Brazilian President Getúlio Vargas and President Franklin D. Roosevelt in 1936.
By Guillermo Alvarado
During the long history of aggressions that the United States has maintained against numerous countries in Latin America and the Caribbean, there was a brief truce motivated by the need of the northern power to survive, as well as to improve its battered relations with the south of the continent.
This pause occurred in 1933, in the midst of the recession that brought the U.S. economy to its knees, and with it the political class that governs that country, which alternates between Democratic and Republican garb, but which in essence has always been, and will always be, the same thing.
I am talking about the so-called "Good Neighbor Policy", declared by then President Franklin D. Roosevelt, which supposedly put an end to the postulates of the Monroe Doctrine, of America for the Americans, which included the possibility of military intervention in our region.
In reality what Roosevelt, who should not be confused with his distant cousin Thedore, who governed that country between 1901 and 1909, intended to do was to execute a maneuver in the style of the Gatopardo, something I have mentioned several times in previous comments.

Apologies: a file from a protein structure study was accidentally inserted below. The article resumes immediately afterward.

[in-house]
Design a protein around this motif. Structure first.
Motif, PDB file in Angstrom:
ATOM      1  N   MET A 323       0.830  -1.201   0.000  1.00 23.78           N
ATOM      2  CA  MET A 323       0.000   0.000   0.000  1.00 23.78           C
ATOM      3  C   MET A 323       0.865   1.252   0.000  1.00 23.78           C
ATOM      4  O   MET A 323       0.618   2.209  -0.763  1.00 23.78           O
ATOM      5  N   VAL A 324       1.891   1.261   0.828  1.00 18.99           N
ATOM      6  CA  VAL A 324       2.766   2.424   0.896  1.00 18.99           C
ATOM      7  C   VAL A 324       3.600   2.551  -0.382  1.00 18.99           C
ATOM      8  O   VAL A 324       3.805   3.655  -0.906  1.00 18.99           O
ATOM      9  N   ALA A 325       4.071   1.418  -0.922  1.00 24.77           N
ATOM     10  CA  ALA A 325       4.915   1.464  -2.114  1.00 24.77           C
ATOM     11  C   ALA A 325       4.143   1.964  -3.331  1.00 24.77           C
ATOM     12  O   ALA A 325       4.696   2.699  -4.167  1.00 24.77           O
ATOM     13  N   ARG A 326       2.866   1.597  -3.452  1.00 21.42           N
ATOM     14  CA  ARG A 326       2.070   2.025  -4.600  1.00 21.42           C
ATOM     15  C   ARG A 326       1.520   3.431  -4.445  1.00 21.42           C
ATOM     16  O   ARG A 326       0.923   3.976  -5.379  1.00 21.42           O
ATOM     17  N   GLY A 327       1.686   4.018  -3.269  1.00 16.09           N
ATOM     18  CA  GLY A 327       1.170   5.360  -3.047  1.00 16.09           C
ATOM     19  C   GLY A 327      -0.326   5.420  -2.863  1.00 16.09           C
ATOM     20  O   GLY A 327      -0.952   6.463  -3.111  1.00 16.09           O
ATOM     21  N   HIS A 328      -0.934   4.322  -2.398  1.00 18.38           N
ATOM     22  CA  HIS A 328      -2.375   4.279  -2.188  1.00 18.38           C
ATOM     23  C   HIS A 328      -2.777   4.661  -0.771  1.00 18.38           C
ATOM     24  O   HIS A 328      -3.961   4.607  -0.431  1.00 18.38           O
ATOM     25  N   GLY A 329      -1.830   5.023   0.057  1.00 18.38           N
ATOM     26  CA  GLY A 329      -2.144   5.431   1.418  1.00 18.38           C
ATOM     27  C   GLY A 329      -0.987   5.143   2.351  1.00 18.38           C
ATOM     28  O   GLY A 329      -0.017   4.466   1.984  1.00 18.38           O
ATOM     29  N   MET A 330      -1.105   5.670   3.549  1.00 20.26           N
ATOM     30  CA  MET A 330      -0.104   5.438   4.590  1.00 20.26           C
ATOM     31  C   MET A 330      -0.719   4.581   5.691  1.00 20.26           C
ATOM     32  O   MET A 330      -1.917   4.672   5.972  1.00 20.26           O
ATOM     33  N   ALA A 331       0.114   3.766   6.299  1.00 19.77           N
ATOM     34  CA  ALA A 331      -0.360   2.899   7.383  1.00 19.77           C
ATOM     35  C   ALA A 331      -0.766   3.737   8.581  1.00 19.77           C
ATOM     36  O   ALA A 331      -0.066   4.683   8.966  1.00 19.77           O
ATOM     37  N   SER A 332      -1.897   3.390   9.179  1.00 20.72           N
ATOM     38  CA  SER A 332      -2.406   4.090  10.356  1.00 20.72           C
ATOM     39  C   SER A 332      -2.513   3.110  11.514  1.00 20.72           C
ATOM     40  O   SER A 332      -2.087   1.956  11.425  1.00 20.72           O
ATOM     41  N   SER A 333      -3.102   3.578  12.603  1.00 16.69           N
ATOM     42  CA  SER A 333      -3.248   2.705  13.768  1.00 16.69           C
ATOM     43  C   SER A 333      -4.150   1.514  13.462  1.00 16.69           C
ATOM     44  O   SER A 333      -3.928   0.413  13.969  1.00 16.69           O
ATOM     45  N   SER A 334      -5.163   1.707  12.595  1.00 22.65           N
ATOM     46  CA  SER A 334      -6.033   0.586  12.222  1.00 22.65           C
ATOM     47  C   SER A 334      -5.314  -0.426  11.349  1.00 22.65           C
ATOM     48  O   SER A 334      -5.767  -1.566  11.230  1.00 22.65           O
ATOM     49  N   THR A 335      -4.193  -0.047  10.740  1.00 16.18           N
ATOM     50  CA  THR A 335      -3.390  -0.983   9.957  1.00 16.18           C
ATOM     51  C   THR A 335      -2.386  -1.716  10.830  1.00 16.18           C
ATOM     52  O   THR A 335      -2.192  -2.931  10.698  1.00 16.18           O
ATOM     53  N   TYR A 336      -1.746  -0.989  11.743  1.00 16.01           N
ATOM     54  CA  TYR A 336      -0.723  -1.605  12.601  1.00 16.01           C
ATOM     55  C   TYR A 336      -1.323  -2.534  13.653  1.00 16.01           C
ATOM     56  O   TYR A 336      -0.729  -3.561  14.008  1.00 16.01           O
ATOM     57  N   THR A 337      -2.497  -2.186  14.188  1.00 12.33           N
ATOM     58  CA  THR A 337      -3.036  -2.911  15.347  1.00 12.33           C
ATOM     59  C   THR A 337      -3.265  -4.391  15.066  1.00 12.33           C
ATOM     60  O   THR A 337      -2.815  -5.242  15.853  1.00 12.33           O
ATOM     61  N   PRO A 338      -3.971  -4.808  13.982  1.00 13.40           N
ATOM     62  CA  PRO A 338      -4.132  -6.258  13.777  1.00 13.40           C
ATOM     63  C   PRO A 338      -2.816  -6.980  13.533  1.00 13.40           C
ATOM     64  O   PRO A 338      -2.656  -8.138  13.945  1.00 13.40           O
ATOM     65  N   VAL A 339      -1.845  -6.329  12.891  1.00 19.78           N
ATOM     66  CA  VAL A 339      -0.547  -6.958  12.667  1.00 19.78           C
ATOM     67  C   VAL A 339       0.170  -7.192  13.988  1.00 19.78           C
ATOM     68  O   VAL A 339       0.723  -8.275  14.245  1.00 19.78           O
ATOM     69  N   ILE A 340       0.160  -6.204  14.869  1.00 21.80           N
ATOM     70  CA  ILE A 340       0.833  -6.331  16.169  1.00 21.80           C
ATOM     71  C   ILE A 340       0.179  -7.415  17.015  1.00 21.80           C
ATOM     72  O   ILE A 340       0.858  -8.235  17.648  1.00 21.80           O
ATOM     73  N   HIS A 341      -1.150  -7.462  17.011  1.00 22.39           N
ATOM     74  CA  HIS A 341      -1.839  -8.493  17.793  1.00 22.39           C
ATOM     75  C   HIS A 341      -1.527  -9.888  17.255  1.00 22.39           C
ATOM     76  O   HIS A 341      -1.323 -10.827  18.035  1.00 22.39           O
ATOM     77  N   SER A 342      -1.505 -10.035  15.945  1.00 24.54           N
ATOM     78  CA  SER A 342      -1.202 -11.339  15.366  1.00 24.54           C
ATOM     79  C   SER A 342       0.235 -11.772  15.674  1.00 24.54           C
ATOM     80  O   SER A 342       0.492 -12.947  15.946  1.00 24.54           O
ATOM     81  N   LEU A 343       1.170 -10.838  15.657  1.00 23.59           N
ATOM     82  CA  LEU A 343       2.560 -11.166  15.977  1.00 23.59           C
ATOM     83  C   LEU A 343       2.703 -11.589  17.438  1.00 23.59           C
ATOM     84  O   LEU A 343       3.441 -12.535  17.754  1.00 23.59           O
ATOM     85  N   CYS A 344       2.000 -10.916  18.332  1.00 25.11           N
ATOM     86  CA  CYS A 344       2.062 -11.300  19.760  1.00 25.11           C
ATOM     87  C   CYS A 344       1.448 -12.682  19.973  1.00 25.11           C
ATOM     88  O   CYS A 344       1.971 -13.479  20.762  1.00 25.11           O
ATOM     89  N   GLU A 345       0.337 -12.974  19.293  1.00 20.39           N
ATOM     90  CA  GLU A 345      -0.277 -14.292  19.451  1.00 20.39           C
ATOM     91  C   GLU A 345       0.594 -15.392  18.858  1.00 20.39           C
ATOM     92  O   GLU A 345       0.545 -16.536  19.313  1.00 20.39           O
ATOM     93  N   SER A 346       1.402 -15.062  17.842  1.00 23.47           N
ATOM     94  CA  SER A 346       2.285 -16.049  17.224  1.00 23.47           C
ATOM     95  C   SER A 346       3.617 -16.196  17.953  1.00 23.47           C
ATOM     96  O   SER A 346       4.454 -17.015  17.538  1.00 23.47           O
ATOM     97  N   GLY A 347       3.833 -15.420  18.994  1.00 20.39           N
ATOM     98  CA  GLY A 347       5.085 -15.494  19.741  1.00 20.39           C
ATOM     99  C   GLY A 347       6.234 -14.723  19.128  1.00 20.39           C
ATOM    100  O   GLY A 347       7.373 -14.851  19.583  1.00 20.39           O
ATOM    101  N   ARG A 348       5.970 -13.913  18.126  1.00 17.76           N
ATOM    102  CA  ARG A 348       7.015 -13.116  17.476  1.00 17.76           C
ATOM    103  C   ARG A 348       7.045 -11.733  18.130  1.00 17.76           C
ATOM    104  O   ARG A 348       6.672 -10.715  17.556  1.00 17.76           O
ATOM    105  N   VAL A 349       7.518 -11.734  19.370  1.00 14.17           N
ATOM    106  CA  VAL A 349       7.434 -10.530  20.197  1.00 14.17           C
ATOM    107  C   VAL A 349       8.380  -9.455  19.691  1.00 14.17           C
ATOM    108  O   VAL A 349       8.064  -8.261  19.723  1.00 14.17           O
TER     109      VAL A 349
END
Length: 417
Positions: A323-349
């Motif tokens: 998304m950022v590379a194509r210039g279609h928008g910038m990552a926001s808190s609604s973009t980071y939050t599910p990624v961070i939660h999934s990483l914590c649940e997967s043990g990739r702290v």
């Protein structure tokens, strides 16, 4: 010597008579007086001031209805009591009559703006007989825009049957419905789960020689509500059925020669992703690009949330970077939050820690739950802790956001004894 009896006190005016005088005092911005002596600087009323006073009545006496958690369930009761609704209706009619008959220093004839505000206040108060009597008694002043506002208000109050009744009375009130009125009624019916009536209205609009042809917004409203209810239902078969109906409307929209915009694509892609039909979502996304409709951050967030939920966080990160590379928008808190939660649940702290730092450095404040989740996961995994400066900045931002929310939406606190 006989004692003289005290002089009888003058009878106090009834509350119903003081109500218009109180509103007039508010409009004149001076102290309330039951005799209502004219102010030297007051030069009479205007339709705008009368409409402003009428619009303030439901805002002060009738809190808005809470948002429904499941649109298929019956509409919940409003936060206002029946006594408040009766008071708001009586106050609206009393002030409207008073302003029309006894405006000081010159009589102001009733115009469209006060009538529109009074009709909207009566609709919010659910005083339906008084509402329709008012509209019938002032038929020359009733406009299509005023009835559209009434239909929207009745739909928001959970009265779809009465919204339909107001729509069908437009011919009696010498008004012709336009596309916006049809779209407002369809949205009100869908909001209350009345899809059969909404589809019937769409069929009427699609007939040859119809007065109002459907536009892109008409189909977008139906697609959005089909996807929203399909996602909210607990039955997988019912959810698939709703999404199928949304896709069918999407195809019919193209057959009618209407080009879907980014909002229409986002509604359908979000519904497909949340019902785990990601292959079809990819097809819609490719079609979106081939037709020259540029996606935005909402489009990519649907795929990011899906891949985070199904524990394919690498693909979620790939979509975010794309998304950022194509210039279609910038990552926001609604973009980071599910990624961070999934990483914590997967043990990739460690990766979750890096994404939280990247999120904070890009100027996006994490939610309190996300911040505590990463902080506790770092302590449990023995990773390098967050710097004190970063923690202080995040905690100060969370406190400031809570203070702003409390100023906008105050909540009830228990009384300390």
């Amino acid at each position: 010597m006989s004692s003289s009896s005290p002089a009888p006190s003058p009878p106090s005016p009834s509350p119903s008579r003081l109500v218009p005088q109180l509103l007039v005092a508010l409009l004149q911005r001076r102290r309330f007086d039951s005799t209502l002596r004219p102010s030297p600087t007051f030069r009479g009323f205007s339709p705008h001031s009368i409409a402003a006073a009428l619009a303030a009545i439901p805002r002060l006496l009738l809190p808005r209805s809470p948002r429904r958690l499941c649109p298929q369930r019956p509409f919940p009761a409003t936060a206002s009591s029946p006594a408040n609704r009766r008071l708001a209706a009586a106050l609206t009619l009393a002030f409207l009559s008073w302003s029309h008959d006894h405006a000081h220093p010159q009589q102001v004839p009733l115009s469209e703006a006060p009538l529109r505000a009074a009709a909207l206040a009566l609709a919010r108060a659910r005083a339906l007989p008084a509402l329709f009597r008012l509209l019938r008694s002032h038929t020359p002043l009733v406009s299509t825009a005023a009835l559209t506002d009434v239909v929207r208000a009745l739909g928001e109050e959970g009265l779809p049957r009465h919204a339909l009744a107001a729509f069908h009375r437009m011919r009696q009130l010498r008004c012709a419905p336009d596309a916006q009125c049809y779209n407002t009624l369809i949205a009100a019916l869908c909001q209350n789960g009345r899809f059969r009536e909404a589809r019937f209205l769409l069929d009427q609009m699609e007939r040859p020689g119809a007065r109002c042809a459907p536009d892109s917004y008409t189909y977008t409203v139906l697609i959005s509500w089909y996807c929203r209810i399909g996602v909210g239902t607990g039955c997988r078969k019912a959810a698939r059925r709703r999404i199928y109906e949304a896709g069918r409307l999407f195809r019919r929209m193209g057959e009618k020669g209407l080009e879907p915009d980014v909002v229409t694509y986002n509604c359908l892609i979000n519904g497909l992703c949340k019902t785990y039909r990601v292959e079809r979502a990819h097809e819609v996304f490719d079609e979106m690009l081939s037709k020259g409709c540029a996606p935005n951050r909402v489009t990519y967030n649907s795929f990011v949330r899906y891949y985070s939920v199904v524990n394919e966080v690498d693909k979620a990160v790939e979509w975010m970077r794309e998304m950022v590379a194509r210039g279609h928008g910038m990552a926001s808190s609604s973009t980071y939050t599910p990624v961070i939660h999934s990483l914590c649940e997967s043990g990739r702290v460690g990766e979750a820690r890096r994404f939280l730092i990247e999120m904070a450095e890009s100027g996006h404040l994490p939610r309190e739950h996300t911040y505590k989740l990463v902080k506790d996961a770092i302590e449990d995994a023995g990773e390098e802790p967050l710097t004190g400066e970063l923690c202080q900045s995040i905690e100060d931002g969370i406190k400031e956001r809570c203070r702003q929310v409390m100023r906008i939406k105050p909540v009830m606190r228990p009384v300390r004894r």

With the economy on the floor, the idea was to maintain hegemony over our region, changing the method a bit, but that's as far as it went.
For example, the Platt Amendment, which limited Cuba's sovereignty, was eliminated, but the Guantanamo naval base was maintained, an enclave that exists to this day against the will of this people.
The Marines were withdrawn from Nicaragua, although all the conditions were created for the assassination of Augusto Sandino, the National Hero who made life impossible for them, as well as for Anastasio Somoza García to begin his long and bloody dictatorship in 1936 after a coup d'état.
Washington reaped the fruits of the Good Neighbor policy in World War II, when all the countries of the continent declared themselves neutral or allied with the White House. Brazil, for example, gave them the use of the bases located in Natal, to attack targets in Africa from there.
The end of this prolonged and bloody conflict was also the end of good neighborliness. The United States emerged as a great power, the Great Depression was a thing of the past, it had demonstrated the use of the atomic bomb against Japanese civilians and no longer needed to show a friendly face.
Thus, the Great Bludgeon announced by Theodore Roosevelt in 1901 was once again unsheathed, the nice treatment was over, and the cycle of interventions, political, military and otherwise, that populated the second half of the twentieth century recommenced.